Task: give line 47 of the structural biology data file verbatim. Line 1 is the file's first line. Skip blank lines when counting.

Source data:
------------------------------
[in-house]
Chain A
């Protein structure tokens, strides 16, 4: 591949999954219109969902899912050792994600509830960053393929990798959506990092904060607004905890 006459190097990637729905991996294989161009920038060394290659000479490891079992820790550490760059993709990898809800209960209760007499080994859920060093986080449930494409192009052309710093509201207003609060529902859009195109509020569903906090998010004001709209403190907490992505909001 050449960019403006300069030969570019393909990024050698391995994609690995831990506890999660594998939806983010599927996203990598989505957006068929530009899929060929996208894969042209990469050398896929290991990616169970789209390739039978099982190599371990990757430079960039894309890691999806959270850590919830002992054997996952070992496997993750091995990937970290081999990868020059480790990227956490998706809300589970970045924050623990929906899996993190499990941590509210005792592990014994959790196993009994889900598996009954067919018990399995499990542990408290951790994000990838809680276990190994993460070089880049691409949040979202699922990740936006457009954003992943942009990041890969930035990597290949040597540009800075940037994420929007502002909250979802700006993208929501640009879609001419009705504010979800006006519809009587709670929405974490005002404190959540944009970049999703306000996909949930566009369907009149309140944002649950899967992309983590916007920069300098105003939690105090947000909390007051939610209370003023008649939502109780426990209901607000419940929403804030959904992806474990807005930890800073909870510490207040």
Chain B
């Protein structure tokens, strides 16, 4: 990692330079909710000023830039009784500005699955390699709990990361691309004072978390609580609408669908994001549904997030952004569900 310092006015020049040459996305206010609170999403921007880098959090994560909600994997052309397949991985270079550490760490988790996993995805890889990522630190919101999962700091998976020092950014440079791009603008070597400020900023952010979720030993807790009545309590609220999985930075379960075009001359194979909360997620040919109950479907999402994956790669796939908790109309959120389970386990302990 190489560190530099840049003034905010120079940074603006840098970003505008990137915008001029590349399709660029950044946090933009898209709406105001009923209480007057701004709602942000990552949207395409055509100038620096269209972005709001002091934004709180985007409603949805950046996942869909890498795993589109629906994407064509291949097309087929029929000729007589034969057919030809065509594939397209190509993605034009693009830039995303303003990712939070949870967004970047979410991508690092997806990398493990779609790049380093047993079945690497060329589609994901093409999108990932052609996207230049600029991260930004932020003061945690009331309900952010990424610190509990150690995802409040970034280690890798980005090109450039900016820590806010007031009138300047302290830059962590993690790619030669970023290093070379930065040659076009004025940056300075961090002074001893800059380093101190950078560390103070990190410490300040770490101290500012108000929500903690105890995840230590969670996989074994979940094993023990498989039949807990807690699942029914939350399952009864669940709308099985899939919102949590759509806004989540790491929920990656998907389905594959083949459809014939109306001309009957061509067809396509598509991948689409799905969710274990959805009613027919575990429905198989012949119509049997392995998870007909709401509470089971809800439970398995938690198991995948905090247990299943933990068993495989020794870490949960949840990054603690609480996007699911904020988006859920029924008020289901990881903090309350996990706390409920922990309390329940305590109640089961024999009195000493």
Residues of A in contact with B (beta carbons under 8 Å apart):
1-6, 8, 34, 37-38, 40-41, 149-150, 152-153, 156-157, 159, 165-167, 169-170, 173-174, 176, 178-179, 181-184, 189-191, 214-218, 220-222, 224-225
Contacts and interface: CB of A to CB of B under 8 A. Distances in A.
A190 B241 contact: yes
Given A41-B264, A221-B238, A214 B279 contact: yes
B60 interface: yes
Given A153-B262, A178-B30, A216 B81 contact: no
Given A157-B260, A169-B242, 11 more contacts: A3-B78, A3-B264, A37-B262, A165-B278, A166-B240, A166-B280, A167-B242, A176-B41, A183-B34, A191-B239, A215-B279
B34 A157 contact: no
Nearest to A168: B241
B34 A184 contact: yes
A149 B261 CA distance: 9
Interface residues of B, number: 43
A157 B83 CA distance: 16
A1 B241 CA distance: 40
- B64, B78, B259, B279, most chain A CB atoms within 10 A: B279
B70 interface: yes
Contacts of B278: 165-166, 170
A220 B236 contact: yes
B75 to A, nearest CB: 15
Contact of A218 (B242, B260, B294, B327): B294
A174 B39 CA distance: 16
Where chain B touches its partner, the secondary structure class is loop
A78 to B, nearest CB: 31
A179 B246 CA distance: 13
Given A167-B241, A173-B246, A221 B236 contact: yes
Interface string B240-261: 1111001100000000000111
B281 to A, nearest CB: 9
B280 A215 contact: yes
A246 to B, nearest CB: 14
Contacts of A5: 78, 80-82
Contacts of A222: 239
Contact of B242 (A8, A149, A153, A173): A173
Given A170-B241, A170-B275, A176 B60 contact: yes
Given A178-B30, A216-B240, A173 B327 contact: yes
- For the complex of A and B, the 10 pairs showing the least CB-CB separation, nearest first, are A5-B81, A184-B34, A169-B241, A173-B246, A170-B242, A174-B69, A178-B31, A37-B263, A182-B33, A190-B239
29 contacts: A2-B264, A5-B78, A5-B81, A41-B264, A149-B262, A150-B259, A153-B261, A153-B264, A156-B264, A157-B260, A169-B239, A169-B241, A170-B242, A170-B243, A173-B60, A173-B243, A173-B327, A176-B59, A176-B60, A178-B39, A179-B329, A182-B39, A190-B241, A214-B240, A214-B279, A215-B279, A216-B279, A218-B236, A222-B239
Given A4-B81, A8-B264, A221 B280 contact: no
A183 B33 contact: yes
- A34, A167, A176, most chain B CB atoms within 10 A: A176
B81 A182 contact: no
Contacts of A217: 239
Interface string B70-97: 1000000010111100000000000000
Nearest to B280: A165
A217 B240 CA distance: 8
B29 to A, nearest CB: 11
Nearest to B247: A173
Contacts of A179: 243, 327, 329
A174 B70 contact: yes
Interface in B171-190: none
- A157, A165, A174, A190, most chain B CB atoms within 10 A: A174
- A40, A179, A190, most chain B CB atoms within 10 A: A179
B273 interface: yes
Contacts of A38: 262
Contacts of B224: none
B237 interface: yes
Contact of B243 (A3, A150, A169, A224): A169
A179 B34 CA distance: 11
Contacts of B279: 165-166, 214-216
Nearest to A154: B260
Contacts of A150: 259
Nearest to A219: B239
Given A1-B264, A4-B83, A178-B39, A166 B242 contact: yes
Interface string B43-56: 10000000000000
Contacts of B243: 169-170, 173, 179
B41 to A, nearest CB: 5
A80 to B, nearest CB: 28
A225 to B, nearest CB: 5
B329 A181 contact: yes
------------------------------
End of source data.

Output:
Contacts of A217: 239